Illustration: Aïda Amer/Axios

Lobbying divisions are rupturing across Washington as climate change worries grow and President Trump repeals policies addressing the issue.

Driving the news: Oil and gas company Total is leaving the American Fuel & Petrochemical Manufacturers due to differences over climate change policy, the French producer said Friday, following Royal Dutch Shell's move earlier this year.

One level deeper: After reviewing memberships in 30 trade associations, Total decided to leave just AFPM due to stated differences over the Paris Climate Agreement, carbon pricing and developing renewable energies, all of which Total supports.

  • An AFPM spokesman has said the group doesn't have a position on the Paris deal.

The big picture: The oil sector’s growing division — pitting European producers that are more aggressive on climate change against their American counterparts that are less so — is one of a few pressure points.

  • Automakers are fighting over what positions to take in the ongoing battle between the Trump administration and California over fuel-efficiency standards.
  • The U.S. Chamber of Commerce is engaging more on climate change due to member pressure.
  • The Portland Cement Association, America’s main lobbying group representing cement makers, recently articulated its support for a “market-based” solution due at least partly to pressure from member LafargeHolcim, one of the world’s largest cement producers, a top company official said this week.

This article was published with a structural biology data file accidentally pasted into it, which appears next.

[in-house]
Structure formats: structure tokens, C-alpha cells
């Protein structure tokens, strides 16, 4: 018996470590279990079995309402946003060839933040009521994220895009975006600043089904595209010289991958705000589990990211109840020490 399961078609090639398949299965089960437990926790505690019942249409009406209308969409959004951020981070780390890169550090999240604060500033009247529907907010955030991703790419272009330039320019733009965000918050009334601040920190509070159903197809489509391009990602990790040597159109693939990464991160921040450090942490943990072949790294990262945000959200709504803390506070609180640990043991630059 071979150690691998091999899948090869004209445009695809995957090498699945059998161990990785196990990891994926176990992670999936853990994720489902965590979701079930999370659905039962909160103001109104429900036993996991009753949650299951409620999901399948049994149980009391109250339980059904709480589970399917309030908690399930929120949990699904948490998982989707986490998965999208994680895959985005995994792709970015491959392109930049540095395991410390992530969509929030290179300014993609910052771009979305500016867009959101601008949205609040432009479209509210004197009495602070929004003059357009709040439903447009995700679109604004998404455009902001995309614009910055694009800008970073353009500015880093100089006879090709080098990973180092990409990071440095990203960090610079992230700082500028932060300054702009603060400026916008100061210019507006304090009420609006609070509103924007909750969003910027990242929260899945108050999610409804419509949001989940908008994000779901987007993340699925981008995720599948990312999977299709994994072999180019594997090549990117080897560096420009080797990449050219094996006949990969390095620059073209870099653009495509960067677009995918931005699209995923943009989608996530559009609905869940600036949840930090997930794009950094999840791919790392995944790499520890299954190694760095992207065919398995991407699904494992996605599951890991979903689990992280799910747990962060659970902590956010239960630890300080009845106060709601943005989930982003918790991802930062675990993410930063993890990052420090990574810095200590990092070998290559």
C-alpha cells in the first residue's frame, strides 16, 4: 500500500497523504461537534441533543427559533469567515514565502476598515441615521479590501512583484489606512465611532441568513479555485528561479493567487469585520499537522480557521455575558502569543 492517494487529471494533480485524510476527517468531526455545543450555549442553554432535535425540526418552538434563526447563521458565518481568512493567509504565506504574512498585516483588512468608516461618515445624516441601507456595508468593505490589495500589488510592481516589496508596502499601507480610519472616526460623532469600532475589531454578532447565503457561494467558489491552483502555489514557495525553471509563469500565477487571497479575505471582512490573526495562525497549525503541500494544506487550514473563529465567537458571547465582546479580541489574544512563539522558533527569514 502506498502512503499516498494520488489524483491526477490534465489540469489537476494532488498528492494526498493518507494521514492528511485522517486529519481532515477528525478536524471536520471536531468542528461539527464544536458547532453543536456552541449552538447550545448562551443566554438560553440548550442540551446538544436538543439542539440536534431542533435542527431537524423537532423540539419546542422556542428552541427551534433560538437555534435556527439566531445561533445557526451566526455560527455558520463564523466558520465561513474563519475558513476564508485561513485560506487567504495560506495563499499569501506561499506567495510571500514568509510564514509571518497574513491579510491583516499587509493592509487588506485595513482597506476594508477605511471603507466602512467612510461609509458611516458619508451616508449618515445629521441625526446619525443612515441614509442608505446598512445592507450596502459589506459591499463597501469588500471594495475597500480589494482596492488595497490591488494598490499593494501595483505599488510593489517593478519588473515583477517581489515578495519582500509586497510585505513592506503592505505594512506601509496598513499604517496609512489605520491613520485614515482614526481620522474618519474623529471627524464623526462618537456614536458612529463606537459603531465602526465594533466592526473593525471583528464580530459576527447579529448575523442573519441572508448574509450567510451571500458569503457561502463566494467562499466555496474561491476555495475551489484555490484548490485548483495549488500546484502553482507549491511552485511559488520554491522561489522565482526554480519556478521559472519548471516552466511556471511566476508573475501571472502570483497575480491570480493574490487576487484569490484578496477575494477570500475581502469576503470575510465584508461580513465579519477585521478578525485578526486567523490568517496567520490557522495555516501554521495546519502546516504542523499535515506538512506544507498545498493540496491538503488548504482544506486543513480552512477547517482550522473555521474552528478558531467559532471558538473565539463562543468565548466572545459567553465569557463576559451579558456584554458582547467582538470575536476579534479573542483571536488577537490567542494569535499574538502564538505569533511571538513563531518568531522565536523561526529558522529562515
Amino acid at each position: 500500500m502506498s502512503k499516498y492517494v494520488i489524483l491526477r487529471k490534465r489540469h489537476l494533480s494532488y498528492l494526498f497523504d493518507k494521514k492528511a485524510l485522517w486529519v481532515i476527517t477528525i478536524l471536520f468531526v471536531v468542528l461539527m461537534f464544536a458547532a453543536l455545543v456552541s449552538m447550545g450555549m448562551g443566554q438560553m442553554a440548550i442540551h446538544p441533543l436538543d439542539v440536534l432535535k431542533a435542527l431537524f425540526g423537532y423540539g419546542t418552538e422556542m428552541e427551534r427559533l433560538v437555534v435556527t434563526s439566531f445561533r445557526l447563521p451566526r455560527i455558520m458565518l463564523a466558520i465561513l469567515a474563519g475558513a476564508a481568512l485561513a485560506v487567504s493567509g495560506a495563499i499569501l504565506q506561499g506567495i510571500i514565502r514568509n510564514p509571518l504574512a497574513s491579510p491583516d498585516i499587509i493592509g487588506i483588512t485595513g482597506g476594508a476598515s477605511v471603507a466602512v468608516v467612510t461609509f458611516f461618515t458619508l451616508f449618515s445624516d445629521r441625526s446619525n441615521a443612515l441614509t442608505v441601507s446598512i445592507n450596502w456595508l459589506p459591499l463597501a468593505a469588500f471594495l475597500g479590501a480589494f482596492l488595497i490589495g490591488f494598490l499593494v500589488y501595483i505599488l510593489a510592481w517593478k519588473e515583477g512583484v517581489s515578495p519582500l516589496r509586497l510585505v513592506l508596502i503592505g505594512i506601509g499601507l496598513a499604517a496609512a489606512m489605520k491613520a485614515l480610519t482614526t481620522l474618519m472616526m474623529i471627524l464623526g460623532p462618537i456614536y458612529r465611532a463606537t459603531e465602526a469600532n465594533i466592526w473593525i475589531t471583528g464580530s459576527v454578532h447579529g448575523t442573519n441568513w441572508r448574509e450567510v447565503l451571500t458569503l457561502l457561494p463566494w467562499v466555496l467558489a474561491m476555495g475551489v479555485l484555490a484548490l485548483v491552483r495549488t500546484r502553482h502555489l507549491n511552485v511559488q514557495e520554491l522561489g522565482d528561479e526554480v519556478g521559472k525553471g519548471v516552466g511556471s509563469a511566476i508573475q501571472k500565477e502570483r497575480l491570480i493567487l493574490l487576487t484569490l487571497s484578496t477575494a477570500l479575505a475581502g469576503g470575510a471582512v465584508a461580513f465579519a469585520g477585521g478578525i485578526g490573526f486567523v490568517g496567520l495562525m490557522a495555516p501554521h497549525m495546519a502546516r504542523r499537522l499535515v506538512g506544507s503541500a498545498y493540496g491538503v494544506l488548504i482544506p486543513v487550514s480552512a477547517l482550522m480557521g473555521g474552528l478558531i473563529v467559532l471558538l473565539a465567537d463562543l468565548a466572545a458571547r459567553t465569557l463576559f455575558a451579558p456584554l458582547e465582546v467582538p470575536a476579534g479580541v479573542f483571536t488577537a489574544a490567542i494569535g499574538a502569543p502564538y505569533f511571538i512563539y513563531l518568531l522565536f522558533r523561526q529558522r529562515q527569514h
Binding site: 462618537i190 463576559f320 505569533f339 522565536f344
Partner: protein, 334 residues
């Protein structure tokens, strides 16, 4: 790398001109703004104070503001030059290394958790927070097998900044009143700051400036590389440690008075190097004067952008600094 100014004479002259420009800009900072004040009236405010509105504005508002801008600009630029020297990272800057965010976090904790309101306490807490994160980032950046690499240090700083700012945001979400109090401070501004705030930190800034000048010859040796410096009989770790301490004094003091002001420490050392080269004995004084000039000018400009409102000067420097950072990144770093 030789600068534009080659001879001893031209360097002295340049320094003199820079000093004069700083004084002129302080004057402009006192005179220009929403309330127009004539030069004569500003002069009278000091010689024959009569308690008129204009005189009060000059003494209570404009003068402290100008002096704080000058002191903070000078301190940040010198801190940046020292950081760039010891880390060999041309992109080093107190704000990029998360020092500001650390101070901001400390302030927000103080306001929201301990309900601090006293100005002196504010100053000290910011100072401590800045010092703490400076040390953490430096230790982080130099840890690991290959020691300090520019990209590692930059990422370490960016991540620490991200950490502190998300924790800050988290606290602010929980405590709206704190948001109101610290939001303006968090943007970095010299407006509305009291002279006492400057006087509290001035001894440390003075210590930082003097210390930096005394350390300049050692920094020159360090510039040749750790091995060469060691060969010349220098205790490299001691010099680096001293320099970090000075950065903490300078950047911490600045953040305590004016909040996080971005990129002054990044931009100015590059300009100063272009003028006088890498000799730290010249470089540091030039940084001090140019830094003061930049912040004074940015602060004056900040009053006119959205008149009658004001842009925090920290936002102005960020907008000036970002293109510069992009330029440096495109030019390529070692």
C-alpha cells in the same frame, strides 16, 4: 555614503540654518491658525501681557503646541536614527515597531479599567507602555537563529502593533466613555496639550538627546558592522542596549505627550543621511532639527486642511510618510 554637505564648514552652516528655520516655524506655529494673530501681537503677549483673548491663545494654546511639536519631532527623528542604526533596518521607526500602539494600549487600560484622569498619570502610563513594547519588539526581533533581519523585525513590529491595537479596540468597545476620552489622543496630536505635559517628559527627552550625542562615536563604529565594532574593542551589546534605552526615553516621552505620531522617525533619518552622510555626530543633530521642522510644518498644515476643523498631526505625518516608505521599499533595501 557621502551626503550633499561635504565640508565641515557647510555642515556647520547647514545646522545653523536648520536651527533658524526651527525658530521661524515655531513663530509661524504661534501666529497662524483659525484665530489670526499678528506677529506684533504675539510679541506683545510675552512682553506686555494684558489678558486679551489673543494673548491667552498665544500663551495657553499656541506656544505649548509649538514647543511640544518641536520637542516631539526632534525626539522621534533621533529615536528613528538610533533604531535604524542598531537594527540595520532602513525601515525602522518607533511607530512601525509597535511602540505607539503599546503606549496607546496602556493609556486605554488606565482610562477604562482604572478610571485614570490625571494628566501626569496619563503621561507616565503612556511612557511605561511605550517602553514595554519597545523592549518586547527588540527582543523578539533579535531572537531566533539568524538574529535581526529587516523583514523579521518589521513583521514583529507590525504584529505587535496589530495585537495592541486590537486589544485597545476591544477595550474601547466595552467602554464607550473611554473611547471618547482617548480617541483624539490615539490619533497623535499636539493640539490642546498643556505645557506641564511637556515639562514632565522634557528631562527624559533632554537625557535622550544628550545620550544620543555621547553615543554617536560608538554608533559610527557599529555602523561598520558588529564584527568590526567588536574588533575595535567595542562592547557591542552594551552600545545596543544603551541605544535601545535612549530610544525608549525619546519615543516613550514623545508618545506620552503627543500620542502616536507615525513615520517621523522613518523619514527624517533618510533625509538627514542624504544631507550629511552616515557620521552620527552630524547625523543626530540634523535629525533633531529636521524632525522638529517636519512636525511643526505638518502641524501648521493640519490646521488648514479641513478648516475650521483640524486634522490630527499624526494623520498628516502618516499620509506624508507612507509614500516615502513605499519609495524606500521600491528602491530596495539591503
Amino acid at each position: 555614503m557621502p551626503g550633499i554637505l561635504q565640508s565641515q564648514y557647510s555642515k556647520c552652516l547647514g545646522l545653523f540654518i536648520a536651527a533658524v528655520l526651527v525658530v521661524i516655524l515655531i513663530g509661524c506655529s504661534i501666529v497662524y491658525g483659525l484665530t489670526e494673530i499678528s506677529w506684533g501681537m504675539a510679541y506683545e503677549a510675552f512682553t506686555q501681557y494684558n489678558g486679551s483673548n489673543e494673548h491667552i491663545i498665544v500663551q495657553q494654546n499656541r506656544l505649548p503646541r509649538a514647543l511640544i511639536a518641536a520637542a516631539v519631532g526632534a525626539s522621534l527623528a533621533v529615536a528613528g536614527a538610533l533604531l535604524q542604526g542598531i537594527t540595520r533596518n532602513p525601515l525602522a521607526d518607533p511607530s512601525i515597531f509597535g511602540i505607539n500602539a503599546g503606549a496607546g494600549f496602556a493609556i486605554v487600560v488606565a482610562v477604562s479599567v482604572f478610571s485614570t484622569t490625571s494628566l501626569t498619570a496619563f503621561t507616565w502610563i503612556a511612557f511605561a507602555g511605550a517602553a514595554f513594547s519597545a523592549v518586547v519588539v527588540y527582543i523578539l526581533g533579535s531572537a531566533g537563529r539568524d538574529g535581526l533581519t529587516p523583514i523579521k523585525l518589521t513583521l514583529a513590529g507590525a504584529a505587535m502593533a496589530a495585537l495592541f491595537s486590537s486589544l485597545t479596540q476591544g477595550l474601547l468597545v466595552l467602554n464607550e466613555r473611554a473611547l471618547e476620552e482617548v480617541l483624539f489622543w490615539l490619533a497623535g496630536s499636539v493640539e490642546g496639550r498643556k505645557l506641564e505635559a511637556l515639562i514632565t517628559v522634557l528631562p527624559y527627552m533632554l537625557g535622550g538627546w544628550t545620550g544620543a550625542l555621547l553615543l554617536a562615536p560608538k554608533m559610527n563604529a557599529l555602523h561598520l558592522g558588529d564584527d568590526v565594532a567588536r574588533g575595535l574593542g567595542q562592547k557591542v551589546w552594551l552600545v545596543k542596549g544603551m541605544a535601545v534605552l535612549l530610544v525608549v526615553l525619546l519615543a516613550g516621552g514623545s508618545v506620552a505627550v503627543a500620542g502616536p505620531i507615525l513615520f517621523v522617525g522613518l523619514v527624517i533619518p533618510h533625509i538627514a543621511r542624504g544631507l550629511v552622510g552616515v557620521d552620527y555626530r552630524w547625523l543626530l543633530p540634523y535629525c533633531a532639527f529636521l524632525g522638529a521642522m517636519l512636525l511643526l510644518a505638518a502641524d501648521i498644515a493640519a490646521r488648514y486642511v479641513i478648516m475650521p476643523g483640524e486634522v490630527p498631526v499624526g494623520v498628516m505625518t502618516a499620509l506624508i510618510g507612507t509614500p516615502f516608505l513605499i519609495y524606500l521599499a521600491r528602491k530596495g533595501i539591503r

Why it matters: Because money matters! One of the biggest reasons Washington has never passed big climate-change policy is the opposition of deep-pocketed lobbying associations.

  • To the degree these divisions result in smaller, less influential trade groups fighting climate legislation and/or in shifted positions of big groups, like the Chamber, the odds increase that Washington would pursue big climate policy.

Between the lines: AFPM, which represents oil and gas refining interests, is a narrower group compared to the far larger American Petroleum Institute.

  • In a report announcing its results of an association review Friday, Total said it was staying in API, but noted: “API’s recent support for the rollback of U.S. regulations on methane emissions raises questions for Total.”

Yes, but: Any shift in lobbying strategies will come subtly and probably unevenly. Don’t expect API or the Chamber to come out cheerleading for a carbon tax any time in the near future, but those conversations are happening privately, according to executives involved in the groups.

  • Some companies are opting to stay in larger trade groups in particular, hoping to push them toward positions that are, at least on paper, more supportive of climate policy. That’s what top officials at BP and Exxon both said earlier this year.

What I’m watching: BP and Equinor, a Norwegian oil and gas company, are both conducting formal reviews of their lobbying memberships, which could be complete as soon as early next year.

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